, Iain combines these two passions with a third, travel. Result: a unique journey around his native land: his goal, to find the perfect dram. And the perfect dram, surely, must be a single malt.

Along with a curious bunch of fellow travellers in a selection of cars, planes, ferries, trains, bikes and shoes, he journeys to remote shores and hidden glens, discovering the breathtaking and often inaccesible distilleries where tiny quantities of malt whisky are produced. He finds people engaged in centuries old tradition where eccentricity is the norm: it’s a journey of a thousand ‘cheers’ and subsequent wobbly walks, of unpronounceable place names and daft customs and superstitions. Will Banks prevail? It’s a tough job but as he puts it: ‘Someone’s got to do it, and I’m damn sure it’s going to be me.’

About the Author

Iain Banks was born in Scotland in 1954. He came to widespread public notice in 1984 with the publication of his first novel,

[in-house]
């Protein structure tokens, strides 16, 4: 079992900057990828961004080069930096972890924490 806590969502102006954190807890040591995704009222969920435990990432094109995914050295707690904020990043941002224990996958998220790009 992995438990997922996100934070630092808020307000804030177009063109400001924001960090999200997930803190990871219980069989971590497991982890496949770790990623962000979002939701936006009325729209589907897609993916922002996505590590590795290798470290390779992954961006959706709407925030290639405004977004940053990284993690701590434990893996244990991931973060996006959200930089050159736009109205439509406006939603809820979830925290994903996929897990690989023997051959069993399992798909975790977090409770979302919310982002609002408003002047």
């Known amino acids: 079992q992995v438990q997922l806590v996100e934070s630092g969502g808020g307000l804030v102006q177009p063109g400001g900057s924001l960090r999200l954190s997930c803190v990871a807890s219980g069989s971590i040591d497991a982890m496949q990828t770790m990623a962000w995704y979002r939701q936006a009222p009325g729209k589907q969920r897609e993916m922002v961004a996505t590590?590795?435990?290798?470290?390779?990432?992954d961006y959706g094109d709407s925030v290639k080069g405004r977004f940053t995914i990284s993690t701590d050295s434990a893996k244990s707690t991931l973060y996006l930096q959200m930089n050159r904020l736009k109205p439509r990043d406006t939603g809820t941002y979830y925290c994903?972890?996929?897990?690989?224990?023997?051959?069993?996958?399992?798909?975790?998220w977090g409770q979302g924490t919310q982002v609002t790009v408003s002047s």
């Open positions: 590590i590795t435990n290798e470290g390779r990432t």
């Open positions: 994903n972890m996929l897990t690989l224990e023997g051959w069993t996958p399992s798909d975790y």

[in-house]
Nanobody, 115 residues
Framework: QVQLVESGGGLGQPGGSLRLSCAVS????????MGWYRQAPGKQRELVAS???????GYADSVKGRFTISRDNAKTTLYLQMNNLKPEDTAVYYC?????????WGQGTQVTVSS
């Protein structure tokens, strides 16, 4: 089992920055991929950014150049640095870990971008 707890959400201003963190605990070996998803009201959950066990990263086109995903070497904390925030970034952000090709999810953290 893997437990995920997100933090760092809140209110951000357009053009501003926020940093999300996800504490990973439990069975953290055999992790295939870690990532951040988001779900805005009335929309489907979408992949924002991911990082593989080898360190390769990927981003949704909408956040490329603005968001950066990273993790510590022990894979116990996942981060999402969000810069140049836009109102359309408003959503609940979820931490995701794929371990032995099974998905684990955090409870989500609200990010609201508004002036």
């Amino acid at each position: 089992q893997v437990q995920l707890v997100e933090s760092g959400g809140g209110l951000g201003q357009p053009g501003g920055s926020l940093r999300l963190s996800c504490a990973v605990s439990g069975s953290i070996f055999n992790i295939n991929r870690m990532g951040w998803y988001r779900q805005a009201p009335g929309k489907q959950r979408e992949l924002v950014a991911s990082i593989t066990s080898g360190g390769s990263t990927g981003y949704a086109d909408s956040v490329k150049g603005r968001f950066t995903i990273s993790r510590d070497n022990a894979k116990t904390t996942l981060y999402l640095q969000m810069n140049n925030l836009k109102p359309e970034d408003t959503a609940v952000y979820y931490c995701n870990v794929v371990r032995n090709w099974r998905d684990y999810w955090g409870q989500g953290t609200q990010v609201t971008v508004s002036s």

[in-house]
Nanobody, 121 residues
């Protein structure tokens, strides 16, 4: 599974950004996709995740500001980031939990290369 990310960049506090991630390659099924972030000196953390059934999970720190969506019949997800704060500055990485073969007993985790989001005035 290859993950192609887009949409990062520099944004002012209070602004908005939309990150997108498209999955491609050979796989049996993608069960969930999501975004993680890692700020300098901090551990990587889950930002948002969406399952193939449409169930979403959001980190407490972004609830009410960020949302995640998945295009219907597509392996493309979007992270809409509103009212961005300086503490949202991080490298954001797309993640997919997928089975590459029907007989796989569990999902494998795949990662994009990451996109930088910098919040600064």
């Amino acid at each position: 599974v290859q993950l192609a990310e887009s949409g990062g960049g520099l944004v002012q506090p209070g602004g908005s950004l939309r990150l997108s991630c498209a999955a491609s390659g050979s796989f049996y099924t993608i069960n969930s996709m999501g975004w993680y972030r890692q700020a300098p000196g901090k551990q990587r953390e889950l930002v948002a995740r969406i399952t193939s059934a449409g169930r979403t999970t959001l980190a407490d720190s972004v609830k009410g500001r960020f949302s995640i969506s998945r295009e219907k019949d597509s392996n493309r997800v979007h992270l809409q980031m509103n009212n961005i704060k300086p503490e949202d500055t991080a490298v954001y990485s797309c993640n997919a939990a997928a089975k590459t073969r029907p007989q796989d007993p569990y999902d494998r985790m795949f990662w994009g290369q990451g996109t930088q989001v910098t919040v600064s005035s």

The Wasp Factory
. Since then he has gained enormous popular and critical acclaim with further works of fiction and science fiction. In 1993 he was acknowledged as one of the Best of Young British Writers. He lives in Fife, Scotland.

For Gary and Christiane

And to the memory of James Hale


This book really couldn’t have been written without the help of a lot of other people. I would like to thank my wife Ann, Oliver Johnson, John Jarrold, Toby and Harriet Roxburgh and everybody else at Ballivicar, Martin Gray, Les, Aileen and Eilidh McFarlane, Jim Brown, Dave McCartney, Ken MacLeod, Tom and Michelle Obasi, Roger Gray and Izabella, Mic Cheetham, Gary and Christiane Lloyd, Ray, Carole and Andrew Redman, Bruce, Yvonne, Ross and Amy Frater, Jenny and James Dewar, Andrew Greig and Lesley Glaister, my uncle Bob, everybody I met and talked to in the distilleries I visited – with particular appreciation going to all the managers and the long-suffering though invariably helpful tour guides who were prepared to answer my idiot questions – all at the Scotch Malt Whisky Society and, lastly and firstly, my parents.

Everything in here is true. Especially the bits I made up.

Introduction – Out of our Heads


you up to?’

‘Well, I’m going to be writing a book about whisky.’

‘You’re what?’